My final planned stop was Thurgoland, a place I think I've passed through on lots of occasions but never stopped. There is a pub, but I don't know whether it's one the OH approves of or not!
We parked up by the church, lights on, organ playing, again very tempting, but I'm not the kind of person who gate crashes church services. The memorial wasn't visible, so taking the OH's arm once more, as I was really beginning to run out of zing, we took a walk down the street as he was sure he'd seen the memorial on a street corner at some point.
|Thurgoland War Memorial|
Yes, it was opposite the Green Dragon pub!
This was the first memorial today where I'd noticed up to date additions. The little stone cube/vase on the near corner commemorates a David Marsh who fell in Afghanistan in 2008.
On the opposite corner is a similar stone cube for a locally linked VC winner Eugene Esmonde. According to Wikipedia he was born in Thurgoland although his family were from Ireland. I'm not sure what the rules are for claiming a VC for your area, but it does seem fair that only one place can claim a person, otherwise the government would be putting those new paving stones all over the place, wherever someone lived for a few years, just like blue plaques!
The OH now suggested we went home via Tankersley as it was on the way. I explained that as far as I knew the only memorial in Tankersley was actually in the church itself, but I wasn't adverse to having a look just in case. Turned out to be the luckiest detour of the day!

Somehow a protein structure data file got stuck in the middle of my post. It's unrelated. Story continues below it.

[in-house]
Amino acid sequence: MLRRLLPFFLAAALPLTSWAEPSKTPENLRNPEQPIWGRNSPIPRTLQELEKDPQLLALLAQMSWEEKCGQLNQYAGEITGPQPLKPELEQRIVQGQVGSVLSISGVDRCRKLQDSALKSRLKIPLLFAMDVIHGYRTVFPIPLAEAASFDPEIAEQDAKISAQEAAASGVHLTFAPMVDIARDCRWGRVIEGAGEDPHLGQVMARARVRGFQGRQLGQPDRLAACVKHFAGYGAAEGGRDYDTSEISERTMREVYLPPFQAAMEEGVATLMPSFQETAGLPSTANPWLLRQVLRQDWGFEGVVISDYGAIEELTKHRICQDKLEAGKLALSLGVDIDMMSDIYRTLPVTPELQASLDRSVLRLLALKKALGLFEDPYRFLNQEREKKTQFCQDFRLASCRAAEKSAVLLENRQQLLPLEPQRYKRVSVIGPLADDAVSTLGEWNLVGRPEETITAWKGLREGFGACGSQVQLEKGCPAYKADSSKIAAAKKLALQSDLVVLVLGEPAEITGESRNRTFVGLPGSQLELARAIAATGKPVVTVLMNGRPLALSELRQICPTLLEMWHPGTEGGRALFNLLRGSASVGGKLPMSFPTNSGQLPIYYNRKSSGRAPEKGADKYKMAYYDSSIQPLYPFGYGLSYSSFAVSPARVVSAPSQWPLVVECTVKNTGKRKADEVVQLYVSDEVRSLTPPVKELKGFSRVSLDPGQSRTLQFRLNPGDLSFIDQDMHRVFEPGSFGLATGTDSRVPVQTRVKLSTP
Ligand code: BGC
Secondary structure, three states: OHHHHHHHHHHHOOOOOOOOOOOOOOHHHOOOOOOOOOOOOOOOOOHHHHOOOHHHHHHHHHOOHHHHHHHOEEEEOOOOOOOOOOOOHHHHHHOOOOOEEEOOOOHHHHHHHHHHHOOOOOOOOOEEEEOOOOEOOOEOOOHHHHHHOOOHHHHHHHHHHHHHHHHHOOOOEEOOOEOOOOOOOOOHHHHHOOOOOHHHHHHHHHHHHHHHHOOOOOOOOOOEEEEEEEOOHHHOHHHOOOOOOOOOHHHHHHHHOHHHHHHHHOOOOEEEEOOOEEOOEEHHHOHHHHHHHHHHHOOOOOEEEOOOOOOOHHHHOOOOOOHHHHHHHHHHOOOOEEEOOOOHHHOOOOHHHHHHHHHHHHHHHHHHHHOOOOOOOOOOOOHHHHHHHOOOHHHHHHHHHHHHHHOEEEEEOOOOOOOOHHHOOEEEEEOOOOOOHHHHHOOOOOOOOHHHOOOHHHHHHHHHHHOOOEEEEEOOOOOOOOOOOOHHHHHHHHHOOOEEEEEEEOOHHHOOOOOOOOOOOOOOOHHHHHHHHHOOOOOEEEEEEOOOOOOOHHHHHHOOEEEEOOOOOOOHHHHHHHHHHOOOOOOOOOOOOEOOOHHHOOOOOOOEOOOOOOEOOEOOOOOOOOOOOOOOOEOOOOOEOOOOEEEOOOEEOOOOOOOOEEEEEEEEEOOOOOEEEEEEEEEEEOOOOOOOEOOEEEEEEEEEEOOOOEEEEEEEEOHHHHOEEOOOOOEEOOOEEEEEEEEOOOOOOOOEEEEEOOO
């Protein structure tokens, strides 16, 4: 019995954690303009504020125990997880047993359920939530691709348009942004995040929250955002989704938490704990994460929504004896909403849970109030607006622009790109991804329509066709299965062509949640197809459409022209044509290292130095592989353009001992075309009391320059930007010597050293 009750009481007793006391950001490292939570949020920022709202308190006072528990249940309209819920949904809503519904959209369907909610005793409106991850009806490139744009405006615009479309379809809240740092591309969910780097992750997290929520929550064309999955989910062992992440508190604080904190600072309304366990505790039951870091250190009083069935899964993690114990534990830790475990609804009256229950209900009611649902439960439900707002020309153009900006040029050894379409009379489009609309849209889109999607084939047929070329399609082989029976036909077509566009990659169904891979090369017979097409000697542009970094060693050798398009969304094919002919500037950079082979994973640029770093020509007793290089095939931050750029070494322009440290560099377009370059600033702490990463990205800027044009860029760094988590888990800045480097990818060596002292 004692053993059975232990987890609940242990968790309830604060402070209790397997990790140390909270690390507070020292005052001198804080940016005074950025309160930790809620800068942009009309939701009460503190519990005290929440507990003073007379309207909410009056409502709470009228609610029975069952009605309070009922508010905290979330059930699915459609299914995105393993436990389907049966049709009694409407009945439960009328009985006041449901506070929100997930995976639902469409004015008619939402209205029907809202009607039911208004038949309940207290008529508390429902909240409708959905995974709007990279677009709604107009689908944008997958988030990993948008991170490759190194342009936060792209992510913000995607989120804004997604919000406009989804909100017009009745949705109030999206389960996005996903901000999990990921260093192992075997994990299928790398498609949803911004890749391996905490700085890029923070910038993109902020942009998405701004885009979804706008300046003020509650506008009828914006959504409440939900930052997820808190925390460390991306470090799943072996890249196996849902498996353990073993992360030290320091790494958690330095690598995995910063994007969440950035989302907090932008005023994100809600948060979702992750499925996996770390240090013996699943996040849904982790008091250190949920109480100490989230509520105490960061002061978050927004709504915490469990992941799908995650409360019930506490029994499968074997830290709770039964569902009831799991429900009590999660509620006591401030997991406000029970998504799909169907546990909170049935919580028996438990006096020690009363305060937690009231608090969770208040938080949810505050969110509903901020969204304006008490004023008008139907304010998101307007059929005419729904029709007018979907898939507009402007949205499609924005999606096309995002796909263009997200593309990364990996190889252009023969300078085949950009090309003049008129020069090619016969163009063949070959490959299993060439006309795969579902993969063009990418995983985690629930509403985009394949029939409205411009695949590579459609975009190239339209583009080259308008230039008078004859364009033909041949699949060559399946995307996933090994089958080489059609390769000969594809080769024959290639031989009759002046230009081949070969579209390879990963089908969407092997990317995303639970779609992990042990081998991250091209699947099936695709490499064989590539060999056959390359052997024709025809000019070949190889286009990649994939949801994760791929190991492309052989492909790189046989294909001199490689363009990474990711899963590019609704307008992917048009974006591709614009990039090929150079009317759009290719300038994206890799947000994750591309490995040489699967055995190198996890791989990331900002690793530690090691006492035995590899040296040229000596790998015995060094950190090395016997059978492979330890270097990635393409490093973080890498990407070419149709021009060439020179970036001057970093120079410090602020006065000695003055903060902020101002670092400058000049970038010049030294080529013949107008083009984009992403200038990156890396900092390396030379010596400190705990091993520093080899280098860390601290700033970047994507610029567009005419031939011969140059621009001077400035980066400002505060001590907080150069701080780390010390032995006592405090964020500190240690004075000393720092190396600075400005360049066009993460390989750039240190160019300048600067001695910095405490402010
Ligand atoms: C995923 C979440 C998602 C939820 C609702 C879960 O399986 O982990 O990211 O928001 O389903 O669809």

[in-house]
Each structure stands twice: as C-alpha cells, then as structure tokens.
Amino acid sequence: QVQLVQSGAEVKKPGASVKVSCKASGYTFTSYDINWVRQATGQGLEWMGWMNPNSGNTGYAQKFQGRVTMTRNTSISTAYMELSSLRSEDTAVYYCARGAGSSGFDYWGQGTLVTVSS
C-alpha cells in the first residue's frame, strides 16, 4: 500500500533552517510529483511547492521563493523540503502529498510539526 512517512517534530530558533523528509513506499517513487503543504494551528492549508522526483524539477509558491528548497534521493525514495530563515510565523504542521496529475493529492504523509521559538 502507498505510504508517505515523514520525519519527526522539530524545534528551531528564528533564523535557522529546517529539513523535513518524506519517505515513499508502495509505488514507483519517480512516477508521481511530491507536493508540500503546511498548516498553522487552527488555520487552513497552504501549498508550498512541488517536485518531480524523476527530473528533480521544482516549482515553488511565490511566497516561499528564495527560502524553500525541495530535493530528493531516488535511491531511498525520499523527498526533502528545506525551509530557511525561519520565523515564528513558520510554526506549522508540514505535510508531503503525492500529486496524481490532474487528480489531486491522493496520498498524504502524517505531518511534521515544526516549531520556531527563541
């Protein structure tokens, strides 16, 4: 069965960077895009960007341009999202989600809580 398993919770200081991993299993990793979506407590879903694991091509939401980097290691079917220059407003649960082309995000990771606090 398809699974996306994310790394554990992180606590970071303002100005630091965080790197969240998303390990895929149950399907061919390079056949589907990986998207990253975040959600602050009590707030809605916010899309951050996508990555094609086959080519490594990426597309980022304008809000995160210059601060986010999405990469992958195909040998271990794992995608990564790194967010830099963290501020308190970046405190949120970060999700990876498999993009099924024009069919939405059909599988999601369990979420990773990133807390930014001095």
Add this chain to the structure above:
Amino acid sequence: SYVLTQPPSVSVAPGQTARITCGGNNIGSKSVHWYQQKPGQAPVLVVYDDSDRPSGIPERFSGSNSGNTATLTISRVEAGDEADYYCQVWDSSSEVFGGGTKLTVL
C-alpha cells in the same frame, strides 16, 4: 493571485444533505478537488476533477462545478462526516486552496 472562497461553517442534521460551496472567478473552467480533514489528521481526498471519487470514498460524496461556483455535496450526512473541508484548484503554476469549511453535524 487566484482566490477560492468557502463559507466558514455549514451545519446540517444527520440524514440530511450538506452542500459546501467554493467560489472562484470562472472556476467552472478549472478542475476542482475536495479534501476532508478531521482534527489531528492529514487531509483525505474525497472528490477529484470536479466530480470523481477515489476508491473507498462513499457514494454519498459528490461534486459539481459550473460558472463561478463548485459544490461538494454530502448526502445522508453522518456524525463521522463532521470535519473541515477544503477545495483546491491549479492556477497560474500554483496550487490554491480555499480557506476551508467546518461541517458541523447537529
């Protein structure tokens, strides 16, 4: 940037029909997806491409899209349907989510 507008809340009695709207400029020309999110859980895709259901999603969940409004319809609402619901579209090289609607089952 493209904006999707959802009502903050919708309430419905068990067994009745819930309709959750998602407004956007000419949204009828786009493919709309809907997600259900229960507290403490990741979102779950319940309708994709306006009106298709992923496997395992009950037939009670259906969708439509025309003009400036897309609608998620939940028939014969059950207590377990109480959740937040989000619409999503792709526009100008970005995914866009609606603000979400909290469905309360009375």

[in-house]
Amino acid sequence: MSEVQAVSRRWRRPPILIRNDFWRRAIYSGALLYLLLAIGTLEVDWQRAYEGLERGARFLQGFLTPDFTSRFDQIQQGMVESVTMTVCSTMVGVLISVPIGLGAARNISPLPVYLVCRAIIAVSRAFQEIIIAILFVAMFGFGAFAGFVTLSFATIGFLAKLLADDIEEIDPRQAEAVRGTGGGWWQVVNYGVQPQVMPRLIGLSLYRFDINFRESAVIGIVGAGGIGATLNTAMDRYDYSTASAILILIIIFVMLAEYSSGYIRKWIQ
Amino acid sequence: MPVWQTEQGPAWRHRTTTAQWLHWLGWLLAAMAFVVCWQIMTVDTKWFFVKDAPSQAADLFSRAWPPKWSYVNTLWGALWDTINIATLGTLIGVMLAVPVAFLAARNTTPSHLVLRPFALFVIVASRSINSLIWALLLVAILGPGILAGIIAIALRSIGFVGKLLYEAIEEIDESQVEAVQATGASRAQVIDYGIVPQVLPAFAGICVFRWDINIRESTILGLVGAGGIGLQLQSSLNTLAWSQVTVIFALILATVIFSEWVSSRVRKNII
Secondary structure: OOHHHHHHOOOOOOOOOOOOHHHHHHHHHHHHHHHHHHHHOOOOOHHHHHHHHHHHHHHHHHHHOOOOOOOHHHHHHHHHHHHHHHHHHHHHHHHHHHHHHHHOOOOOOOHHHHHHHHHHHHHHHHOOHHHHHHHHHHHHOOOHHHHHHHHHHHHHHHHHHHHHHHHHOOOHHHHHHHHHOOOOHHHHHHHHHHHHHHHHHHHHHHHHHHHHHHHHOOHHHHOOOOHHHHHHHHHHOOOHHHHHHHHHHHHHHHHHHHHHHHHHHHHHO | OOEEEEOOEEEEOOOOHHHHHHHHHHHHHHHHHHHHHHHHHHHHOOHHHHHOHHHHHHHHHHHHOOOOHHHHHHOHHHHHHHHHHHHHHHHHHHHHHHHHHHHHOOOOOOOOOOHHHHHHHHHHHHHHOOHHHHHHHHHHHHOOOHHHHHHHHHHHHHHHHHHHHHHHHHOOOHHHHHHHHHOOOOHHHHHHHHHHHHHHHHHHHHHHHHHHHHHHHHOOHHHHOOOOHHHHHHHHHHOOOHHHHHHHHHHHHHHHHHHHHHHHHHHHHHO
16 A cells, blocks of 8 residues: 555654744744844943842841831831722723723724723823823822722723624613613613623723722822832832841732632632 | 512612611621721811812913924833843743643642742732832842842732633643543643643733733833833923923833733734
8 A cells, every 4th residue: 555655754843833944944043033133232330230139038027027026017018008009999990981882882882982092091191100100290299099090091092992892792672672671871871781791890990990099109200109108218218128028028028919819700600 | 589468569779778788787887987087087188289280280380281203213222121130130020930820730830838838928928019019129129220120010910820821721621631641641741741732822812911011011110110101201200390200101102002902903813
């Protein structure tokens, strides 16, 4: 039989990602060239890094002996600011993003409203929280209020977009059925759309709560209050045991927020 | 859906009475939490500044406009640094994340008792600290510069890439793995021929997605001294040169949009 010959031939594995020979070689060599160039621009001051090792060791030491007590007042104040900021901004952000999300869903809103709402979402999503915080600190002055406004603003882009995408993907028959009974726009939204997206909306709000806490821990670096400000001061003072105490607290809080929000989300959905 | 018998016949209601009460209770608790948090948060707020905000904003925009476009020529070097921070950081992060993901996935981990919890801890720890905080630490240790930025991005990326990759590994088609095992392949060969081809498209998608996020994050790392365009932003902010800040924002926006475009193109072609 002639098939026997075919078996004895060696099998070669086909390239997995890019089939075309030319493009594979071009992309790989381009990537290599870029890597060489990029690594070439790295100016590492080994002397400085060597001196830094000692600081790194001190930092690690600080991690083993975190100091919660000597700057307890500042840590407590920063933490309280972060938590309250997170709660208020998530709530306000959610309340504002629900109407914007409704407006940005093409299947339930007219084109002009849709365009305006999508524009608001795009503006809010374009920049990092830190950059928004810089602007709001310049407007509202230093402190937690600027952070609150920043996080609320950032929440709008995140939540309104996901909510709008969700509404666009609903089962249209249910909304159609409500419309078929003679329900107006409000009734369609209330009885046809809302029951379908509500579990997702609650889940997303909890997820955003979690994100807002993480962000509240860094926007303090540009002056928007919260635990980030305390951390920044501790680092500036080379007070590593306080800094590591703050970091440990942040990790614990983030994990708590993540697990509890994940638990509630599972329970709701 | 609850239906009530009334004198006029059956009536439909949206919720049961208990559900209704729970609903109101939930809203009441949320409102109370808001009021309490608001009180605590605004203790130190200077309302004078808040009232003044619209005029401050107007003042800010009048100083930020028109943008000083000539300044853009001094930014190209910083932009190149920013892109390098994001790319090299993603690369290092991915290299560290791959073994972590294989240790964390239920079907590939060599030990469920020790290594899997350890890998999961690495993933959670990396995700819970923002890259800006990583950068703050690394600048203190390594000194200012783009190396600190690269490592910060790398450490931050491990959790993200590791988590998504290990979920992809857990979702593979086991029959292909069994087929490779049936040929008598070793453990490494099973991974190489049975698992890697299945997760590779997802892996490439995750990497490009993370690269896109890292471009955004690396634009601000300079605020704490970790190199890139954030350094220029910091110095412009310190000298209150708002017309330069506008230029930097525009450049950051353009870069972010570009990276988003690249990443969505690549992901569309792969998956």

As we pulled up outside the church, which is out on a limb, not in the village of Tankersley itself, there were people getting into their cars. The Sunday service had just turned out. You've never seen me dodder so fast! I was out of the car and across the road before the OH had even turned the engine off. He caught me up and gave me an arm as I dashed (OK, that's a bit of an exaggeration) towards the church gate. The lights were on and the organ was playing but the door was open and people were still coming out.
|War Memorial in St Peter's Church, Tankersley|
We nipped in and I asked the first people I saw if it was alright to take some pictures. They were very happy and even explained that the book displayed in a glass case below the memorial plaque was a one man per page potted biography of each name on the memorial. I had seen a mention of this book in the 1921 newspaper cutting from the Barnsley Chronicle reporting on the unveiling of the plaque, it's wonderful that it has survived all these years. Isn't the plaque lovely? Previously I'd only seen a fuzzy picture on the church's website, but seeing it for real brought a tear to my eye. My pictures are not very good (it was a bit dark), but the one above is one of the OH's and it has come out very nicely.
The second world war names were carved around the cover to the font, devious to photograph, but what an unusual idea. A second check around the church also brought the discovery of a brass plate commemorating four servicemen buried in the churchyard and a plaque just below the main one with names of men who were not parishioners, but who were 'closely connected to the church', that will bear some investigation.
And that was it for the day, we did drive through Pilley on the way back - well, you never know - but nothing leapt out of a grass verge at us. It was a nice morning out; thank you to my dear OH for the trip and all your time and your photos which, as usual, have come out much better than mine. xx